Mutual Recognition Effort Continues at CABA Meeting
On May 16, the Certification Authorities for Bilateral Agreements and Certification Policy (CABA) met with industry representatives to discuss the latest policy initiatives affecting the four regulatory authorities (FAA, EASA, TCCA and ANAC) of the Certification Management Team (CMT). Several trade associations attended the meeting including ARSA (represented by its Managing Director & General Counsel Marshall Filler), GAMA, AEA, ASD, AIAC and AIAB. Various regulators specializing in certification policy matters from the four agencies also participated.
The CABA is one of the Certification Authority Groups (CAG) that reports to the CMT on certification policy and procedures. In contrast, the product-specific CAGs focus on the applicable airworthiness standards, guidance and policy pertaining to particular kinds of type-certificated products.
Notwithstanding the current political climate and concerns raised about the FAA’s delegation system in the wake of the 737 MAX 8 accidents, industry urged the authorities to continue making progress to effectively implement CMT strategy to bolster maintenance of interagency confidence and implement risk-based validation principles. Essential to accomplishing these objectives is the development of criteria and guidance for managing safety emphasis items (SEI) and the need for effective scalable processes to manage work plans for non-basic projects. A workplan defines the level of involvement by the Validating Authority (VA) whereas basic projects can either be accepted outright by the VA or are handled by a streamlined validation process (i.e., no technical involvement by the VA).
Generally, the more SEIs the greater the level of involvement by the VA. The current efforts are all about balancing a civil aviation’s authority’s legal right to make its own findings of compliance with the safety value of conducting another technical assessment. The belief among industry and the CMT members is the authorities can continue reducing the number of redundant technical determinations in the certification arena by applying risk-based, systems safety principles.
Previous CMT updates...
September 27, 2017
The four civil aviation authorities that comprise the Certification Management Team (CMT) – the FAA, EASA, ANAC and Transport Canada – held their semi-annual meeting in Ottawa, Canada the week of Sept. 18, 2017. The CMT discussed the next steps in the quadrilateral group’s efforts to reduce the amount of technical and administrative redundancy between and among their agencies as it relates to certification projects. As is customary since the CMT was established eight years ago, Sept. 22 was dedicated to an “Industry Day” for government and business representatives.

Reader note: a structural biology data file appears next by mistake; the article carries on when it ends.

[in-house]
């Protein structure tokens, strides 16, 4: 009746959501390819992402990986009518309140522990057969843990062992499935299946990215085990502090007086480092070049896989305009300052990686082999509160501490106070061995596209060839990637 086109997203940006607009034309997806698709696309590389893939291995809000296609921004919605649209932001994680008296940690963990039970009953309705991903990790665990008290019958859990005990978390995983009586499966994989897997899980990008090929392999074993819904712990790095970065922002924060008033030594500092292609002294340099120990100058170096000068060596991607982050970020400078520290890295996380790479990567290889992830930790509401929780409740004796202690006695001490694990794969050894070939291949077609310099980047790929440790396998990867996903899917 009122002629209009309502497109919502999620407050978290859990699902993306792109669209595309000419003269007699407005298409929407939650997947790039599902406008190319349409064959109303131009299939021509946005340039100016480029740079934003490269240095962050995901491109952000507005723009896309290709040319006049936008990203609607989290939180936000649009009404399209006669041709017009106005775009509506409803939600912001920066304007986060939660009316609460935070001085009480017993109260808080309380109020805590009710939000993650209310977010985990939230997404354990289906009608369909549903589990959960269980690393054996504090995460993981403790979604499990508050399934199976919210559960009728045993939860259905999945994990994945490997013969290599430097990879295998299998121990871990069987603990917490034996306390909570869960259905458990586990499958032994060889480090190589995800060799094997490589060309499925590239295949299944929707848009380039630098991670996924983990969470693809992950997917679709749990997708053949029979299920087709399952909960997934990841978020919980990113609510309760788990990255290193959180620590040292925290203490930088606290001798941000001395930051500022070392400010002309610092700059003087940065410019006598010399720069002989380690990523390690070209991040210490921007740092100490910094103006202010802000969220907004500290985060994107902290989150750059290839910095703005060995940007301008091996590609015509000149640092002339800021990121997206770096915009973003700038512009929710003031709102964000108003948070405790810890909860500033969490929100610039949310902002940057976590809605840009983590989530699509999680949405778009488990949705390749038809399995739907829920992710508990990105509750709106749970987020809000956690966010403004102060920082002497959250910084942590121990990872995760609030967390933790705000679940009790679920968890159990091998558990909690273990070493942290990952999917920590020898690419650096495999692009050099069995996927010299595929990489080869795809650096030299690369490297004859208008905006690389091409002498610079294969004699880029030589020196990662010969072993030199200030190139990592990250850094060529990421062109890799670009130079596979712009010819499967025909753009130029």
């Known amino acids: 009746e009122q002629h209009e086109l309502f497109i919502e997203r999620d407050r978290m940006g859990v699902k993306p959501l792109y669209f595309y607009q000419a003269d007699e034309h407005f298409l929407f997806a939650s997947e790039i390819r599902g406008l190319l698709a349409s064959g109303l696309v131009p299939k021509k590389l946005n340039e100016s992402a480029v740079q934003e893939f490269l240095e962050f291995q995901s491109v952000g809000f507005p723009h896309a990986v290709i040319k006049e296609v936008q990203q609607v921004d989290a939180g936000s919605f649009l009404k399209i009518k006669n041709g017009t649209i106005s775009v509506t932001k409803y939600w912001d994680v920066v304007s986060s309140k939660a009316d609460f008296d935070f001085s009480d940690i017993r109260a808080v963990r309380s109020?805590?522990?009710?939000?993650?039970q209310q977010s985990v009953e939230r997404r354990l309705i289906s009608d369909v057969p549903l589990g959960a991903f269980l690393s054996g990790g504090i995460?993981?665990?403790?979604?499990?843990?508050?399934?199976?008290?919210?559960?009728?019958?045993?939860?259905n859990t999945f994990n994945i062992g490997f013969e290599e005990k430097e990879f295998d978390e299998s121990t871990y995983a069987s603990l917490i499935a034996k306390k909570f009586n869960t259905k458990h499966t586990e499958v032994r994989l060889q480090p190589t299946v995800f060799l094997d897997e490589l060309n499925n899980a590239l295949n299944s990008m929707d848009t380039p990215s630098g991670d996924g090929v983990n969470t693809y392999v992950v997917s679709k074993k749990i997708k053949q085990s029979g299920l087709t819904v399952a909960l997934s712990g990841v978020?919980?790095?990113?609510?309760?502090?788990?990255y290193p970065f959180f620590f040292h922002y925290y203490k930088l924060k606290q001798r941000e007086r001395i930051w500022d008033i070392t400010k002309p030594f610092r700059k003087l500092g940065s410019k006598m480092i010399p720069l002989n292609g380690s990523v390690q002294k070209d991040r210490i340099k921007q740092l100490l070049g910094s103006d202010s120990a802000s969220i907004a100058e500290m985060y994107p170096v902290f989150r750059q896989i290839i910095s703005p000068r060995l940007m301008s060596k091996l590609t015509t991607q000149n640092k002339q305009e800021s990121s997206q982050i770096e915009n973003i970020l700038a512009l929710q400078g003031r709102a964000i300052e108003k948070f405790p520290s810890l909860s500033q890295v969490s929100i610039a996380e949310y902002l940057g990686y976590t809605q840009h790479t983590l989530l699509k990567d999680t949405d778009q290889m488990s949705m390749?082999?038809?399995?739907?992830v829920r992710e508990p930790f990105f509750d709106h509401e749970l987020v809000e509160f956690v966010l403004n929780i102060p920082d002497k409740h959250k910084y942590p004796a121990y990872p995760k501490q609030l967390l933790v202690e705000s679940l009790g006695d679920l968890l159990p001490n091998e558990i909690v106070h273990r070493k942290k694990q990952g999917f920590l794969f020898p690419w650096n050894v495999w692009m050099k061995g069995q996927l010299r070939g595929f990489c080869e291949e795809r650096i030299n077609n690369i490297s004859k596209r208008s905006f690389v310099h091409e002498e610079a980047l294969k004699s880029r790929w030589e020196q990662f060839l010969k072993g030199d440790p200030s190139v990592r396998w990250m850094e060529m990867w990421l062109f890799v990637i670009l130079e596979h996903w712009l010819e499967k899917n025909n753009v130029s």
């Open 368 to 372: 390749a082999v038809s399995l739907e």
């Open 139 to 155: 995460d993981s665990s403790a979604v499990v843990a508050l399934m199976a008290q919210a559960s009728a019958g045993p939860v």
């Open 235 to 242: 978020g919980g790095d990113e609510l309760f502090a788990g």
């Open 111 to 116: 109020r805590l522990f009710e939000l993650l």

International oversight redundancy is built into the ICAO legal structure established at the end World War II by the Convention on International Civil Aviation, better known as the Chicago Convention of 1944. The convention and its annexes (which contain Standards and Recommended Practices) vest in the State of Registry the responsibility for airworthiness and continued airworthiness, among other things. As a result, applicants for and holders of type certificates seeking to sell their products to customers in foreign countries must have those type certificates validated by the State of Registry. Such validation can take the form of acceptance without any further action, streamlined validation (administrative issuance of a certificate or approval without technical involvement) or technical involvement by the validating authority.
For example, in Rev. 5 to the FAA-EASA Technical Implementation Procedures (TIP), the two agencies agreed that except for a small number of TSOA articles, each would mutually accept each other’s (E)TSOAs without any involvement by the validating authority, subject to the conditions in the agreement. On Sept. 22, TIP Rev. 6 was signed expanding mutual reciprocity to include the TSOA’d articles previously excepted. Therefore, on or about March 22, 2018 (the day TIP Rev. 6 will enter into force), all TSOA articles will be mutually accepted (i.e., without either administrative or technical involvement by the validating authority), subject to the provisions of the TIP. Similar (but somewhat different) TSOA reciprocity provisions exist in other bilateral agreements among CMT members, ( see TIP Rev. 3 signed by EASA and Transport Canada on Sept. 18, 2017 and Rev. 2 to the FAA-Transport Canada IPA, signed Nov. 10, 2016).
In addition, and of particular interest to ARSA members, TIP Rev. 6 also provides for the mutual acceptance of all repair data. Some ARSA members may remember when EASA was established in 2003 it decided to approve all repair data on its State of Registry articles, even if the data had been approved by the FAA. ARSA was instrumental in persuading EASA that this was impractical and unnecessary. EASA and the FAA agreed shortly thereafter to mutually accept all repair data except that used on critical parts developed by an entity other than the EASA type or supplemental type certificate holder. TIP Rev. 6 eliminates the need for the State of Registry to approve repair data on critical parts developed independent of the TC/STC holder provided the data has been approved by the exporting authority.
To review all of TIP Rev. 6, click here.